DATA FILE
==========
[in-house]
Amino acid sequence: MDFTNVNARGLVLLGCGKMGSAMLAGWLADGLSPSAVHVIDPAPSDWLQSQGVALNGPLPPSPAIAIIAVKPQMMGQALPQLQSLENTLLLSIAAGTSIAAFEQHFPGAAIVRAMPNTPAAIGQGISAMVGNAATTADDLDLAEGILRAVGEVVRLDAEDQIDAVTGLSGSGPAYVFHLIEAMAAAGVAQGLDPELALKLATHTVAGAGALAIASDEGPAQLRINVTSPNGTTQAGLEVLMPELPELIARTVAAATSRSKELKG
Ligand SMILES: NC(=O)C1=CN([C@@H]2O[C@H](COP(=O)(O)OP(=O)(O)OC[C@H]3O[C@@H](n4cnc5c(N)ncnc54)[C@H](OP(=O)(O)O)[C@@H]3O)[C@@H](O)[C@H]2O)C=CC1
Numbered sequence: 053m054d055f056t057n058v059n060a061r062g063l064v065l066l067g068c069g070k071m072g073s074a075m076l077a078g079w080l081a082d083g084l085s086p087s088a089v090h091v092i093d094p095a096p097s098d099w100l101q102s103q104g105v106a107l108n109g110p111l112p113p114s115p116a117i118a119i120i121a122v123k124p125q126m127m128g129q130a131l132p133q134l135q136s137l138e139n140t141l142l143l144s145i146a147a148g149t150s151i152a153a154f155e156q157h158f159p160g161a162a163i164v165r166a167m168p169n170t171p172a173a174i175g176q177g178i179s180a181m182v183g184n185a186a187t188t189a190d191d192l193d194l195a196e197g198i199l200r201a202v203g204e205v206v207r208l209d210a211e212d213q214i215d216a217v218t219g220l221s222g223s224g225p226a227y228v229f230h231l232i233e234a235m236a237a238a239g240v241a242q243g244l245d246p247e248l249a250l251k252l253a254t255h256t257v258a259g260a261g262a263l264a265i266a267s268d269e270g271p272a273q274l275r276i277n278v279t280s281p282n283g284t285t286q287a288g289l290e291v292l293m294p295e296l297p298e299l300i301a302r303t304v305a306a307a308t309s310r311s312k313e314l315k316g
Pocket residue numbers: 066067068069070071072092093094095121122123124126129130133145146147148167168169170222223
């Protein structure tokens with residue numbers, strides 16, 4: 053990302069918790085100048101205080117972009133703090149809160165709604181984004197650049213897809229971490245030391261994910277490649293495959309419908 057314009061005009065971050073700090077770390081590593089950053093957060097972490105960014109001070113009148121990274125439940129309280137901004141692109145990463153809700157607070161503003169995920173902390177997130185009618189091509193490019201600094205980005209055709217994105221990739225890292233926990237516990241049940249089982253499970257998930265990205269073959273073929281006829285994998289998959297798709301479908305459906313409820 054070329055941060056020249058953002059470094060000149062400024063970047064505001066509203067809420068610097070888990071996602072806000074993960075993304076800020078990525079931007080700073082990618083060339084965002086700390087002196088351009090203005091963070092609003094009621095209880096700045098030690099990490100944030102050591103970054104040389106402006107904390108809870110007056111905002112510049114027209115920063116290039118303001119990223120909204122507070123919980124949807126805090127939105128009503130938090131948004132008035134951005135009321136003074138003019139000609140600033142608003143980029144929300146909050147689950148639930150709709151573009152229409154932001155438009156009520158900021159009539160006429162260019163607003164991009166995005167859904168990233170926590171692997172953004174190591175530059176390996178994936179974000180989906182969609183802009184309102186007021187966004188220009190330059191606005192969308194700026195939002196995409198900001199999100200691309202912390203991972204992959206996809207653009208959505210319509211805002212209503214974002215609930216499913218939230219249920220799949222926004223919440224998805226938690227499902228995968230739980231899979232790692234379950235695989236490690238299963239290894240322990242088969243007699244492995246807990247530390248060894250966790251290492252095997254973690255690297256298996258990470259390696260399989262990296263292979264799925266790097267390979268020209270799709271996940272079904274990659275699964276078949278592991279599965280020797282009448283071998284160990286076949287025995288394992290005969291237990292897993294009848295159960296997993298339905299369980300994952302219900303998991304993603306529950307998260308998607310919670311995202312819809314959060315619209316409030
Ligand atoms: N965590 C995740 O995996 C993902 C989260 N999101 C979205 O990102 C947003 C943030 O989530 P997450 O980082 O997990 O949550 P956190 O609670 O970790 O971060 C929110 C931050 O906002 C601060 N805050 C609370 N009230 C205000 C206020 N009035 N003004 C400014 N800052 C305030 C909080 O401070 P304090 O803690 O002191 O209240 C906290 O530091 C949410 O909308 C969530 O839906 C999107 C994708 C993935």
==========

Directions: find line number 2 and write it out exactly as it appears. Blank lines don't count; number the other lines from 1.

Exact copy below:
Amino acid sequence: MDFTNVNARGLVLLGCGKMGSAMLAGWLADGLSPSAVHVIDPAPSDWLQSQGVALNGPLPPSPAIAIIAVKPQMMGQALPQLQSLENTLLLSIAAGTSIAAFEQHFPGAAIVRAMPNTPAAIGQGISAMVGNAATTADDLDLAEGILRAVGEVVRLDAEDQIDAVTGLSGSGPAYVFHLIEAMAAAGVAQGLDPELALKLATHTVAGAGALAIASDEGPAQLRINVTSPNGTTQAGLEVLMPELPELIARTVAAATSRSKELKG